AUTUMN IS FIG SEASON! Fresh figs don’t keep long, so eat your fill…
A few months ago, our friends Bee & Jai came up with a challenging CLICK! event: Bi-Color. SO wanted to participate. To rise to their challenge.
Looked through what the CLICK! participants had submitted. Surveyed my own collection of food photos….all were at least “tri-color.” Decided on a color focus ~ BURGUNDY. Would it be burgundy & tan or burgundy & green or burgundy & white? Started looking around for recipes…and discovered several easy, but unusual ones. Bri would have made them in a snap. And beautifully, too.
But I couldn’t bring myself to cook. Cooking even simple recipes for a blog takes me all day, sometimes into the night, and more on the next day, ….counting the food prep, cooking, photographing every step in multiple ways, doing Photoshop digital darkroom adustments, writing, re-writing, and editing the post….all the while chatting madly away with potential readers in my head. If my internal conversation were heard aloud, folks would think I was a bit off-kilter or entertaining a crowd.
Besides having proper TIME to do a blog recipe-post, I need to have the emotional impetus. And grief, being the weird, unpredictable experience that it is, sometimes stops me COLD. I just couldn’t do it.
So, the first batch of figs grew clouds of white mold in their loosely wrapped bag in the frig. The compost critters enjoyed them just fine. The gorgeous red onions I had purchased for another interesting “burgundy” recipe are still on my counter, beginning to look a bit forlorn and withered.
Last Saturday’s Santa Rosa Farmers Market was the bustling place it usually is, even during the final half hour before noon, when Bill and I often arrive. We have our favorite vendors to buy from ~ the same folks Bri used to frequent ~ for fruits & veggies, bread & honey, along with occasional other indulgences like handmade cheese or chocolate truffles.
When I stopped by The Patch, Lazaro’s abundant tables of Sonoma grown peppers, tomatoes, cucumbers, potatoes, summer squash….and FIGS caught my eye. They were the most ENORMOUS Black Mission figs I have ever seen! Knew immediately, it was now-or-never.
Here is an exquisitely simple, sophisticated, yet subtle recipe that makes a TERRIBLE mess (or at least, I made a terrible mess) ~ which one can ‘sort of’ clean up ~ with delicious results. Bri would have loved it.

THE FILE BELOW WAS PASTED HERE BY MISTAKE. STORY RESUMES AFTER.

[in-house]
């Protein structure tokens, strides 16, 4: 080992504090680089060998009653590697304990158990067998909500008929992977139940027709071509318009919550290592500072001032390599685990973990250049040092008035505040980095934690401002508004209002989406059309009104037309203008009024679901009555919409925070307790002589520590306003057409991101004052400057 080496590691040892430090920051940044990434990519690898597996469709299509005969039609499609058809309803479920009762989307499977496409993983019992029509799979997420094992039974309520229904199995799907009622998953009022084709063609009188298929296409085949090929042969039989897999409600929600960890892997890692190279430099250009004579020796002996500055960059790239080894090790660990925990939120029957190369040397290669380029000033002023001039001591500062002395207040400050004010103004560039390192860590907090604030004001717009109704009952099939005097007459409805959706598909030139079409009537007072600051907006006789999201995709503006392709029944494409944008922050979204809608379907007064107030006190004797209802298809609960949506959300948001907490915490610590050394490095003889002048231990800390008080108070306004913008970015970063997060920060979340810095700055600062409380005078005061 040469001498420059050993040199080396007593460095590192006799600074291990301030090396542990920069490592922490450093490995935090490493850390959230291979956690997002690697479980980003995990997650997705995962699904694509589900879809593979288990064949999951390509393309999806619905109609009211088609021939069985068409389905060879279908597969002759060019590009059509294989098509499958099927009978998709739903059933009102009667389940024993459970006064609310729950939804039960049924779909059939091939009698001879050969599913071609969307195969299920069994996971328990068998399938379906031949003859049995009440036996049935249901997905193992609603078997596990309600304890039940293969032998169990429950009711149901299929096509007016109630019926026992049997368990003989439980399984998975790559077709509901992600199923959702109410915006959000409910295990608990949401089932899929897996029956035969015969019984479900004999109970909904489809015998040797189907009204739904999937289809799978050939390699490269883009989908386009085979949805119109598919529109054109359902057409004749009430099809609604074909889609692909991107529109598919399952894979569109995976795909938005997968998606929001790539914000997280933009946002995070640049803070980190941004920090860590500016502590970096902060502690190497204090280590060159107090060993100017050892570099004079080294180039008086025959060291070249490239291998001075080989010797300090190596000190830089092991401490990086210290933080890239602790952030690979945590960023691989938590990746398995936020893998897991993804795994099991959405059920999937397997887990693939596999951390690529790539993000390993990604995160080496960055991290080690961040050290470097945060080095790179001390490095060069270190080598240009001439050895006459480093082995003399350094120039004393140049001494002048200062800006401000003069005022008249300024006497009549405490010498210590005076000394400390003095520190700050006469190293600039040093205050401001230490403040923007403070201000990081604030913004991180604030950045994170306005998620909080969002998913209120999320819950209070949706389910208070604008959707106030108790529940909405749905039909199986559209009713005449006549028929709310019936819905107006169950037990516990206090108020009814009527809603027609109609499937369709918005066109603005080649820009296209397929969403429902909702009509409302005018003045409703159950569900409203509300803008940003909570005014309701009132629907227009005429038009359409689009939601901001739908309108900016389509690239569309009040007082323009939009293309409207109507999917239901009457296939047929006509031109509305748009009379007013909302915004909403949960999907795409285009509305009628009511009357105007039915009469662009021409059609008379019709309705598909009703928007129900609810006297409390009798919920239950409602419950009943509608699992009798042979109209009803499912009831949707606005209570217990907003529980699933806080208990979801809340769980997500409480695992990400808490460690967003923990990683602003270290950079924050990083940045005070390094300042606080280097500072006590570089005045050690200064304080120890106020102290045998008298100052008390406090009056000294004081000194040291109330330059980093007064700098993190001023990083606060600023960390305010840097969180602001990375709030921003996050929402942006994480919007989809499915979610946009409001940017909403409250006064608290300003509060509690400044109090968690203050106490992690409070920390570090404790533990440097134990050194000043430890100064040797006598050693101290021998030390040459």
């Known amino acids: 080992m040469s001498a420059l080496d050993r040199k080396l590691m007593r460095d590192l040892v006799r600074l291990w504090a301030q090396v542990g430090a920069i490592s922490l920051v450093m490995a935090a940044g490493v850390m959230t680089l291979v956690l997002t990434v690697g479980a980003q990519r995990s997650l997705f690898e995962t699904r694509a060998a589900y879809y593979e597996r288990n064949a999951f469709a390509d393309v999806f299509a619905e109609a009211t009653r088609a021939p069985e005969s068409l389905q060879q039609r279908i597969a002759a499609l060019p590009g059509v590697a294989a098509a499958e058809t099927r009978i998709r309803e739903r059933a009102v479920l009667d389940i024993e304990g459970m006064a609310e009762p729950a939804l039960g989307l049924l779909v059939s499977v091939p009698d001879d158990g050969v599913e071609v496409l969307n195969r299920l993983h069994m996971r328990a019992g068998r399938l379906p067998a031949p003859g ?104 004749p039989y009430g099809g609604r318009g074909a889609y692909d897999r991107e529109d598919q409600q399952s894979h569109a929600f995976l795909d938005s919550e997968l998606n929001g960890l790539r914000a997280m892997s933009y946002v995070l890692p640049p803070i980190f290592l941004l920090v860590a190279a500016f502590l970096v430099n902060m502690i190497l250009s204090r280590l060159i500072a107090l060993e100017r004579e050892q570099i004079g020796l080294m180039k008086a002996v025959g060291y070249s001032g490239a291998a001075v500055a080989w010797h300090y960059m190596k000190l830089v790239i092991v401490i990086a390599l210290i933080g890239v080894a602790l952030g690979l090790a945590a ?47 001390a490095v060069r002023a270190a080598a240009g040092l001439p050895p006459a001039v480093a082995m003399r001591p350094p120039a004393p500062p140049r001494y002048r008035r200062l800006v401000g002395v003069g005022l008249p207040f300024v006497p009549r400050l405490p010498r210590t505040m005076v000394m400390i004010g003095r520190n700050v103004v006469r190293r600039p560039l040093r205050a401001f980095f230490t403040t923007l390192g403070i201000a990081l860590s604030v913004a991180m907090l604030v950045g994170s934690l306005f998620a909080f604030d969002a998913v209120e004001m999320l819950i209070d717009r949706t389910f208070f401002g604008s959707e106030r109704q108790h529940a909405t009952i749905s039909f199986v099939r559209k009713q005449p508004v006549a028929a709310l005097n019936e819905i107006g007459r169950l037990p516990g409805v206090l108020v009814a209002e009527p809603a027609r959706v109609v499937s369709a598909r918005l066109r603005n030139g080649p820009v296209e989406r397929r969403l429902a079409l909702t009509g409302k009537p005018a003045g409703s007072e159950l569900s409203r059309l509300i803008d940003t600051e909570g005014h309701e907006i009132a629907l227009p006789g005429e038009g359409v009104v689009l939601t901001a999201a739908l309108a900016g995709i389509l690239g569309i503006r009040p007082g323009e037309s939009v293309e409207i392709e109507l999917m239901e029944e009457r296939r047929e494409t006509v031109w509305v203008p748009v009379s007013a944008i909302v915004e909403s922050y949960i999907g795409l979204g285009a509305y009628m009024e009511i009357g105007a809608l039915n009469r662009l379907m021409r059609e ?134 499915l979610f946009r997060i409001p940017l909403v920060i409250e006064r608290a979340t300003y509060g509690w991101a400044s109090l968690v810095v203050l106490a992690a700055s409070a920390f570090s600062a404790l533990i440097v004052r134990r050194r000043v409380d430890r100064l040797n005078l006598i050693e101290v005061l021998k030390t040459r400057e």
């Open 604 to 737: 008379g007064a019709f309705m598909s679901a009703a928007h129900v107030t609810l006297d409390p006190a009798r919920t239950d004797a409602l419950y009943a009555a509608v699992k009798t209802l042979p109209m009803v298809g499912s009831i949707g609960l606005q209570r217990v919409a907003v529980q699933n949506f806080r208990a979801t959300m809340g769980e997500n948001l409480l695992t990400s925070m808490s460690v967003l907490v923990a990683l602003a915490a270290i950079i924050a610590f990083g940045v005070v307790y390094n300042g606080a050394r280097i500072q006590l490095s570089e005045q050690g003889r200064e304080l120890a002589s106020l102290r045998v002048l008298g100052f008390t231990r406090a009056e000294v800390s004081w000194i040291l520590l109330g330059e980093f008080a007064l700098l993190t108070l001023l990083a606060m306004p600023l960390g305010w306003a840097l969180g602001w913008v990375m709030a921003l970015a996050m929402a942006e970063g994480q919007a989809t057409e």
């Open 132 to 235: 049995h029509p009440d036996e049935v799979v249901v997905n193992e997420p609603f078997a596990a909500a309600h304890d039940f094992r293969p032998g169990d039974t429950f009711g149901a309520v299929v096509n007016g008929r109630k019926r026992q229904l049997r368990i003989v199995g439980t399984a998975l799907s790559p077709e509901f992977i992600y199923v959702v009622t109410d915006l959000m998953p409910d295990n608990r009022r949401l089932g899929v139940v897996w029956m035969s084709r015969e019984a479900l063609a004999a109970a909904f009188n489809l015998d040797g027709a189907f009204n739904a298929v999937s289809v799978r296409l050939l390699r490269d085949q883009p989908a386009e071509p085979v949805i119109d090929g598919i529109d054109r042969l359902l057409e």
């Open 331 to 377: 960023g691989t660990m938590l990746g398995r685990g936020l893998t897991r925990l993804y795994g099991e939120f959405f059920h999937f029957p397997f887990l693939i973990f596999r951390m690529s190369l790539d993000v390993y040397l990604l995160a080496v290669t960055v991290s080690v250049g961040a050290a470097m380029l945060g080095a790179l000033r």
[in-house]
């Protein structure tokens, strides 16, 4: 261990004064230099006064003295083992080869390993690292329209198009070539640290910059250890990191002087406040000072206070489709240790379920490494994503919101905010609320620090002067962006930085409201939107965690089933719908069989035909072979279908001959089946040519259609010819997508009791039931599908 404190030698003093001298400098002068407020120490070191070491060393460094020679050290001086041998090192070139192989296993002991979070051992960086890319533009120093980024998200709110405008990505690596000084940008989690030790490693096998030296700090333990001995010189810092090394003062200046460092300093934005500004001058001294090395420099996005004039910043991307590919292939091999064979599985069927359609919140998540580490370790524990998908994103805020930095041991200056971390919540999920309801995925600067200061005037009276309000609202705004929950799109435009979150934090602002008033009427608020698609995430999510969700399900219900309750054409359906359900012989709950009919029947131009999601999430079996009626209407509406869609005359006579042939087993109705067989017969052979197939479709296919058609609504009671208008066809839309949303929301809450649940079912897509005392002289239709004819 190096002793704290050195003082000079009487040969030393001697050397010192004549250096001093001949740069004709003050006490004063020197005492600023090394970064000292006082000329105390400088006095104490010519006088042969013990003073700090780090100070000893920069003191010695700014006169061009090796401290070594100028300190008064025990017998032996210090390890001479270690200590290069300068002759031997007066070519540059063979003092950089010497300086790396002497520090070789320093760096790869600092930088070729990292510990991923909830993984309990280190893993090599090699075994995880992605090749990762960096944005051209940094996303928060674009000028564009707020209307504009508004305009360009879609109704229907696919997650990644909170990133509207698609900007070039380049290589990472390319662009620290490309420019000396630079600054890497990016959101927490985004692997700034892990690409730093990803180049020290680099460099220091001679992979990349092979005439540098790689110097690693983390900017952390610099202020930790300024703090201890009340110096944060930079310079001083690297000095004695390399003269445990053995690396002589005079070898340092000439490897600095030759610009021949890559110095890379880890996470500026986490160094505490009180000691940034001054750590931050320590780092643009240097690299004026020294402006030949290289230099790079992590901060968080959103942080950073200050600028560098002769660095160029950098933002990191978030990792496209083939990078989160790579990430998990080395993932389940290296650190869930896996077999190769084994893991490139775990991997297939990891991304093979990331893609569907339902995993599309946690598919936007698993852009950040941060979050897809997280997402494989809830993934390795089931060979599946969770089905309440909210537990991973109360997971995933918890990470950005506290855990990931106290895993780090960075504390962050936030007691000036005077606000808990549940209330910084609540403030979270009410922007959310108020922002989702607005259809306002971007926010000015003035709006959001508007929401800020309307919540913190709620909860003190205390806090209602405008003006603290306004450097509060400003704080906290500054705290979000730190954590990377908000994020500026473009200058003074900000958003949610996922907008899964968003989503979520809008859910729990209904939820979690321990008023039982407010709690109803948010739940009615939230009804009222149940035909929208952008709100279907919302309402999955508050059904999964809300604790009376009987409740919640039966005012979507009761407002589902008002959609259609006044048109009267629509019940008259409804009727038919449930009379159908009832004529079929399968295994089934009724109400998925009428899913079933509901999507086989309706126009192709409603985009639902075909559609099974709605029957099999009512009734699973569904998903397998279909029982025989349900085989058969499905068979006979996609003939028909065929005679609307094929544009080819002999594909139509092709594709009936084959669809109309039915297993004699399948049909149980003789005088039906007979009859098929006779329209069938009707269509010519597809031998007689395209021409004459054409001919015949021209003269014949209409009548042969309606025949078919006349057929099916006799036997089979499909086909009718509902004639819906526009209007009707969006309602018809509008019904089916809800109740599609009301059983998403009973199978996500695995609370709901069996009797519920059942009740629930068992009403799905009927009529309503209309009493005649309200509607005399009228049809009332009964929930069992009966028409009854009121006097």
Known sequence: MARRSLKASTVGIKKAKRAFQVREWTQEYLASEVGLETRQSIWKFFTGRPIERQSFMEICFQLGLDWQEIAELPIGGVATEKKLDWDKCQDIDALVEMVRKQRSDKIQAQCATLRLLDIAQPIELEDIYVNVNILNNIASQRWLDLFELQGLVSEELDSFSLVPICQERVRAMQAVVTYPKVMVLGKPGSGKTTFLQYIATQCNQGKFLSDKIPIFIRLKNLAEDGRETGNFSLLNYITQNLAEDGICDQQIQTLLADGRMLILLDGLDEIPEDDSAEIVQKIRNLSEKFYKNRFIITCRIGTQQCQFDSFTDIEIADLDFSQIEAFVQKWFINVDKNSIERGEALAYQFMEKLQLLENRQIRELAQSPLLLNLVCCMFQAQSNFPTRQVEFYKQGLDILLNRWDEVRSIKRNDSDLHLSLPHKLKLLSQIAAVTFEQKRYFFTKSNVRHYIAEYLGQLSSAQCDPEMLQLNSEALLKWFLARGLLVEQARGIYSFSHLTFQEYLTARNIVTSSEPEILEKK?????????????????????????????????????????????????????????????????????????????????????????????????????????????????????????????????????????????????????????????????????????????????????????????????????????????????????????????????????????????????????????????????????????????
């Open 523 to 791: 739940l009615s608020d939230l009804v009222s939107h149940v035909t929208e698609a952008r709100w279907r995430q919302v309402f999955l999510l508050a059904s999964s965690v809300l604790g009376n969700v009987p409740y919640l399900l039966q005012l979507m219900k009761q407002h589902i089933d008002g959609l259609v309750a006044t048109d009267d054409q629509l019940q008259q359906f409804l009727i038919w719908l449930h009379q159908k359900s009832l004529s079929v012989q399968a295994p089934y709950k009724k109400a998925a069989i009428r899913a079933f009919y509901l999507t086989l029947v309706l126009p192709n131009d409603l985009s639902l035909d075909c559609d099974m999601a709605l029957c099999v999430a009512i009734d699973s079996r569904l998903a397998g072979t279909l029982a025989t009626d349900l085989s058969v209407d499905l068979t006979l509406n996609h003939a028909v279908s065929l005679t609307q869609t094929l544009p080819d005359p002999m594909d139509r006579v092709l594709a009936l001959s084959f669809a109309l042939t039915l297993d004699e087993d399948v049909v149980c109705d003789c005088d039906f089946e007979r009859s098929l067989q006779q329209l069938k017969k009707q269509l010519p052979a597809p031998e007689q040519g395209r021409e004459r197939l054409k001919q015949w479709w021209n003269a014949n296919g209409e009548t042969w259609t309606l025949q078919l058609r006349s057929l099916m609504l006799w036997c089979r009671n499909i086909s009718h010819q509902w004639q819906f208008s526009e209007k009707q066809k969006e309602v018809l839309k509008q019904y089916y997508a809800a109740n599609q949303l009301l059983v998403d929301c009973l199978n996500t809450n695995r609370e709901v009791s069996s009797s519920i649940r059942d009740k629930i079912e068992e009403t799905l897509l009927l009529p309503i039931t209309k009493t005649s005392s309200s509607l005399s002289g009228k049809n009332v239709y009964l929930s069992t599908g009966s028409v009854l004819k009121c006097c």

Chevre Goat Cheese-Stuffed Roasted Black Mission Figs
Recipe adapted from Marco Pasanella’s Original
~ Quarter 12 organic Black Mission figs (or other figs of your choice), cutting three-quarters of the way down.
~ Stuff the figs with organic Chevre, a soft, fresh mild goat cheese. (I used Laura Chenel’s, a local Sonoma county brand.)
~ Sprinkle figs generously with raw organic Pistachio halves. *My improv addition*
~ Roast in an oiled pan at 425F for 12 minutes, until softened.
SERVE: Immediately (waiting only for food blog photos) drizzled with warmed honey. ENJOY!
TIPS & COMMENTS:
Do these looks like a bunch of kindergartners had been playing in the kitchen? YIKES!! When I complained to Marc about my cheesy MESS, he suggested stuffing goat cheese into a zip-lock bag with a corner snipped off in order to pipe the cheese into the figs. Hmmm. Perhaps that would work, next time? Give it a try, if you decide to make this figgy delight.
I baked the figs in a Pyrex glass pie pan wiped with organic Grapeseed oil apropos to the other Mediterranean ingredients.
The organic Tropical Blossom Hawaiian honey was poured into a glass flask and warmed gently in hot water, while the figs roasted. You can drizzle on a surprising amount of honey. The goat cheese absorbs and mellows it, so this dish ~ hors d’oeuvres or dessert ~ isn’t at all cloying.
This recipe could be varied by using different honey choices: Orange Blossom, Star-Thistle, or Tupelo OR flavored-infused honeys like Lavender, Lemon or Cinnamon. Marc thinks Maple syrup would work, too.
There are LOTS of cheese-stuffed figs recipes on the web. Some take a more savory leaning with rosemary or other fresh herbs for garnishes. And can be paired with a variety of ingredients. Take a look or give this easy-to-assemble recipe a try. And come back to let me know what you think of figs served this way.